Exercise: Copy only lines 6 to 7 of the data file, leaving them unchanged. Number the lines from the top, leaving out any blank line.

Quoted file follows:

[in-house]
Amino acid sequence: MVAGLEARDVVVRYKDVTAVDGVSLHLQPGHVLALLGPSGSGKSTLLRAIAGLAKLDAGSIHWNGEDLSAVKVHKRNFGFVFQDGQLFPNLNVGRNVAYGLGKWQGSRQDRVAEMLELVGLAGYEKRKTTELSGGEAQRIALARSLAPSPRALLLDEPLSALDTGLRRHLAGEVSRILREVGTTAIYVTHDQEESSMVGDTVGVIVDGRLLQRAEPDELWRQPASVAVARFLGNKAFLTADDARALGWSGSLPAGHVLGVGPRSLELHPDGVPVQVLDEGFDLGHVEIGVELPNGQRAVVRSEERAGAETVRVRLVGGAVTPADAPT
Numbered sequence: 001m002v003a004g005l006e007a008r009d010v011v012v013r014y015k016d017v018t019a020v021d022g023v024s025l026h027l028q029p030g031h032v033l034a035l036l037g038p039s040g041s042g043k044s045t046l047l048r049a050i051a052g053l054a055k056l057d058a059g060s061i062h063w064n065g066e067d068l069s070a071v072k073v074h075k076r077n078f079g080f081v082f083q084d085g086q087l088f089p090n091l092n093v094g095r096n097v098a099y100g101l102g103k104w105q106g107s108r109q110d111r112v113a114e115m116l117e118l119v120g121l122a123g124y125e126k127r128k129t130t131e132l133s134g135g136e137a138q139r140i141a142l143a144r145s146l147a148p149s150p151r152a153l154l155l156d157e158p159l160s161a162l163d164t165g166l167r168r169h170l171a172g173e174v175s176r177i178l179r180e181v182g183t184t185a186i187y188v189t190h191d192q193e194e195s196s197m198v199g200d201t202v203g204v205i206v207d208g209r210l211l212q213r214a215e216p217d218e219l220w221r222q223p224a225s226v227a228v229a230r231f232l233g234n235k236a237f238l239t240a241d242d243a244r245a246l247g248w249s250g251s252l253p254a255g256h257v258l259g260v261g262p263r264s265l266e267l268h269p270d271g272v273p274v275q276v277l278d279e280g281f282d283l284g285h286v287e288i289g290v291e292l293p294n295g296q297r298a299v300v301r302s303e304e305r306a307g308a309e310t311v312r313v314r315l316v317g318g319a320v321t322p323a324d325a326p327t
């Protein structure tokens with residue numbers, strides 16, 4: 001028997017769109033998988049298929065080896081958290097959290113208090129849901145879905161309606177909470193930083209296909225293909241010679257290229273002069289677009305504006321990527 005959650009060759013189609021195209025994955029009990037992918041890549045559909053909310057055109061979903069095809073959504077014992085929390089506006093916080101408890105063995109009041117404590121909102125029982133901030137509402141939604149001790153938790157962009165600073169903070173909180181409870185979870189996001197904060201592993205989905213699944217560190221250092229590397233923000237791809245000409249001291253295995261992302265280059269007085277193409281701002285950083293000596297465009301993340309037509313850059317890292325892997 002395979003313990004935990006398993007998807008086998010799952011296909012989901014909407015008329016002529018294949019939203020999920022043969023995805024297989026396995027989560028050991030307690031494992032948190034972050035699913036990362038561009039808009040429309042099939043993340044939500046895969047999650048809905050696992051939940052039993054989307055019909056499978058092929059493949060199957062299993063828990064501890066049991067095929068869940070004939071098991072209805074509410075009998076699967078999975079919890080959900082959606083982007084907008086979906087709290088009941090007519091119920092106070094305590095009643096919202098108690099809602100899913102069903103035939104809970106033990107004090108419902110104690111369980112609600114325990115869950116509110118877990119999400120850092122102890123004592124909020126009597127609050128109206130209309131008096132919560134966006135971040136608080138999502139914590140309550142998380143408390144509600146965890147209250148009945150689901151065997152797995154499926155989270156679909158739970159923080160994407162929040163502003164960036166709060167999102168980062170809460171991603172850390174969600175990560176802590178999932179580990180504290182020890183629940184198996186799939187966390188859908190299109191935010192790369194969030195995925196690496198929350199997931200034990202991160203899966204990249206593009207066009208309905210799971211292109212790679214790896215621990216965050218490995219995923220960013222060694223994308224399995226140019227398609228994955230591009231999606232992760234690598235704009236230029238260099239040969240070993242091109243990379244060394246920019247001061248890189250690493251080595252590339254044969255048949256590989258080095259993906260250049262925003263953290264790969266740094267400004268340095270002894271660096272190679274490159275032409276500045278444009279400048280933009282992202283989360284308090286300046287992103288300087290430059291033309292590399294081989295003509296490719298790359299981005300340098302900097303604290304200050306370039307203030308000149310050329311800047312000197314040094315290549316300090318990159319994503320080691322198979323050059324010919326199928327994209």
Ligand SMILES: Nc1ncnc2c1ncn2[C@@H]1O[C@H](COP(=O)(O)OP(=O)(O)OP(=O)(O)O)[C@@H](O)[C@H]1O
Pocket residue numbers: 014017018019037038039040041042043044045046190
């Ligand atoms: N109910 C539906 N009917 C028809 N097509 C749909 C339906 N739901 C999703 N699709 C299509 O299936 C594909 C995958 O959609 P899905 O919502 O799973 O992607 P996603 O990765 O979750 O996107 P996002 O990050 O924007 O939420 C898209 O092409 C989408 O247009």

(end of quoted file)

Pocket residue numbers: 014017018019037038039040041042043044045046190
């Ligand atoms: N109910 C539906 N009917 C028809 N097509 C749909 C339906 N739901 C999703 N699709 C299509 O299936 C594909 C995958 O959609 P899905 O919502 O799973 O992607 P996603 O990765 O979750 O996107 P996002 O990050 O924007 O939420 C898209 O092409 C989408 O247009």